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An excellent work from a writer with an original voice. I notice there have been a great many complaints about the "swearing and cursing", but the whole point of Peace's gritty realism is surely (as the author has said himself) that violence and death and the circumstances surrounding them should not be sanitized. They are awful things.
As to the grimness, well, this is what life was like in the North of England in 1974. I remember. And when working class people have their backs against the wall there are even more expletives than usual... plus the Brits swear *a lot* in the natural course of things.
Myself, I can't wait for the rest of the series - and Audible... where have Mr Peace's books disappeared to? A lot of us want more... not to have the Quartet shelved (to my dismay I can't even find the first two books - which I've bought - in Audible's listings any more) presumably because a few people say they are "personally offended" by all the swearing, and asking (rather cheekily) if the characters are speaking English?! Rather juvenile criticisms, to say the least.
What happened to free speech? And besides, the rest of the world deals very cheerfully with American accents from all the states in the US - indeed the accents usually enrich the work. I think in fairness that the same courtesy should be extended to the British Isles.
My question now, Audible, is where is the rest of the Red Riding Quartet? Bring it on! Please... It's first class stuff, and some of us are hooked on it.
11 of 11 people found this review helpful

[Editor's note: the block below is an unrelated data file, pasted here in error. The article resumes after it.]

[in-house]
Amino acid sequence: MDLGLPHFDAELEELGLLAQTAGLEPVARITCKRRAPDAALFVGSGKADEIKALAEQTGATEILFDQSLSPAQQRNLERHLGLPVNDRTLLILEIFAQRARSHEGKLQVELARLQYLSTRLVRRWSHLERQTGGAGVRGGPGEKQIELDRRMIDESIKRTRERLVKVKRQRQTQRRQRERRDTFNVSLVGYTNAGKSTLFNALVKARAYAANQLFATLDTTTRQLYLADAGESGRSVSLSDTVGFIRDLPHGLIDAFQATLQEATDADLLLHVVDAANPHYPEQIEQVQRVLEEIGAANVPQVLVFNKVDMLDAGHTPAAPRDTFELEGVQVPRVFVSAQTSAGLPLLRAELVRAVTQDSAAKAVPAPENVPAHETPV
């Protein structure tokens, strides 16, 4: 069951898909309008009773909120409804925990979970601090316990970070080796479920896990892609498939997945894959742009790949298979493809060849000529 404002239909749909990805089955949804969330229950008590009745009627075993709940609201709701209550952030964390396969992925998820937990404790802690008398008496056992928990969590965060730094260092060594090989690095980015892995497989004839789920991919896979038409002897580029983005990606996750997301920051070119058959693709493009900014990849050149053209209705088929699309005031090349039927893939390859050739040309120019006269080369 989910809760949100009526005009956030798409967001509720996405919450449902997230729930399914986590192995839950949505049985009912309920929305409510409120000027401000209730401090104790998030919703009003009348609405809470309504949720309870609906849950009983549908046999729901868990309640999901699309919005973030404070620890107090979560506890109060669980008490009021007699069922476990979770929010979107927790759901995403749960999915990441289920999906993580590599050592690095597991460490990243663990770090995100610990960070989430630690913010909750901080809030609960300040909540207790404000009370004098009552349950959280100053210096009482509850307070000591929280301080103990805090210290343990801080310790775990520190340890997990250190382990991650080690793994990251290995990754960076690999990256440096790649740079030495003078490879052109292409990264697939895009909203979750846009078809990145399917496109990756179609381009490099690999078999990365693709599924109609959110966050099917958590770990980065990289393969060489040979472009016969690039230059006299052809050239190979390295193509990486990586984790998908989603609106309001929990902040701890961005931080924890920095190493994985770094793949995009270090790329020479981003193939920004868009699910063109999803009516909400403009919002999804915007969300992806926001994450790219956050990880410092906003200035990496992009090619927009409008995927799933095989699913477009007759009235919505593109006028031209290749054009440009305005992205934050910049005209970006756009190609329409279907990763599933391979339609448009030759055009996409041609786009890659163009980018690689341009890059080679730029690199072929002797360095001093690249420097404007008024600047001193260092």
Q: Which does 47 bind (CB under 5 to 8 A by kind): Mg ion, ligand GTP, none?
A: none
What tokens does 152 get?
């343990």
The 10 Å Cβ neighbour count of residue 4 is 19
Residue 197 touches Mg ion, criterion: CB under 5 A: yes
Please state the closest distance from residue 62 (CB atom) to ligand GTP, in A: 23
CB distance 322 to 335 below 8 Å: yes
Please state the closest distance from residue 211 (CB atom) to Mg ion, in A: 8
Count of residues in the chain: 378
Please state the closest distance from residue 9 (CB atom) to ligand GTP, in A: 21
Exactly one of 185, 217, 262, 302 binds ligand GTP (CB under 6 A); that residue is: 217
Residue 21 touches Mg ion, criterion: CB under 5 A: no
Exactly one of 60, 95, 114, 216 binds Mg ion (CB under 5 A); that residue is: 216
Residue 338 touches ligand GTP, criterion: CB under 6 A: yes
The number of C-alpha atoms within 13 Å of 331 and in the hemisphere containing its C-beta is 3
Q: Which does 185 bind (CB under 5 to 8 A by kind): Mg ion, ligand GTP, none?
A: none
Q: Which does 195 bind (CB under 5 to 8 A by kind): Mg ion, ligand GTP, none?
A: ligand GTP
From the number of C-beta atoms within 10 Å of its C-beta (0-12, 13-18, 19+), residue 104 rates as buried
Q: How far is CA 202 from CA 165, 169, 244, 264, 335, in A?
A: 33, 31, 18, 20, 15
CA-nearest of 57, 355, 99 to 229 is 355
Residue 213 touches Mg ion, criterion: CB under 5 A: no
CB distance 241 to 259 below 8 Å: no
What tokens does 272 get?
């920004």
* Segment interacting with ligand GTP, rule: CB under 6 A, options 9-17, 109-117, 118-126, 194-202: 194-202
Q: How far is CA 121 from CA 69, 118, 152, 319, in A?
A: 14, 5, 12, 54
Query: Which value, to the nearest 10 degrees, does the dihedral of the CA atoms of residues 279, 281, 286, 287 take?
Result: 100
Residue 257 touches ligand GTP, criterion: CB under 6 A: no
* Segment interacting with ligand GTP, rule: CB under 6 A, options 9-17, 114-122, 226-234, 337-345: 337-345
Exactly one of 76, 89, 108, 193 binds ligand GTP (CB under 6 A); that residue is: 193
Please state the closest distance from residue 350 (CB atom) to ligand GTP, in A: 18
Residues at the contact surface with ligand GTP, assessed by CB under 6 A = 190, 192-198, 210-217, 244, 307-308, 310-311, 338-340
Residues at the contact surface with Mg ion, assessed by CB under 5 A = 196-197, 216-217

I am a retired UK police officer, and this novel takes place at a time when I was serving.
When I read policiers, entertaining though they are, the coppers are rarely anything like the smelly, sexist, cussing, fighting fellers I worked with.
The coppers, and the journos in this book, are perfectly drawn. This is exactly what policing was like in those times.
Quite brilliantly written, not a word wasted, and spoken in the vernacular of the time. Chilling, accurate and entertaining.
29 of 31 people found this review helpful
As a regular listener to thriller titles, this came as a real surprise. A lot darker and grittier than I expected. Character development and scene setting, really add to the plot and immerse you in the atmosphere of the time. Not for the more sensitive listener, but the dialogue really adds to the effect. I found myself engrossed and am very excited by the prospect of 3 more instalments, bring it on!
9 of 9 people found this review helpful
I'm from Wakefield, grew up in the seventies, and this book captures what it was like to live in that desolate, dying part of of the West Riding during those horrible, dark, dark times.
We've moved on, thankfully, in some ways. Coppers are less likely to be in the pockets of businessmen (I hope), life is not the struggle it was back then, and you and you are not nearly so likely to be beaten up for having the wrong bike/clothes/hairstyle etc. But it's all here, casual violence to strangers because they are different, the nasty men, and nasty times. Eddie is often listening to the radio in his Viva, but no matter what was on, the feeling I had through out this book was the same as the darker parts of the Specials back catalogue. A decade too early, but spot on.
Other reviewers have complained about the use of the F word in it, but in that grotty little bit of West Yorkshire that's certainly how I remember it. Shouted across the street, screamed at each other and used in place of most of the rest of the English language, especially the more emotive parts, the F word was everywhere.
The plot is a slow burner but the finale is excellent. A great listen, let down a little by the frankly very poor accent of Saul Reichlin.
4 of 5 people found this review helpful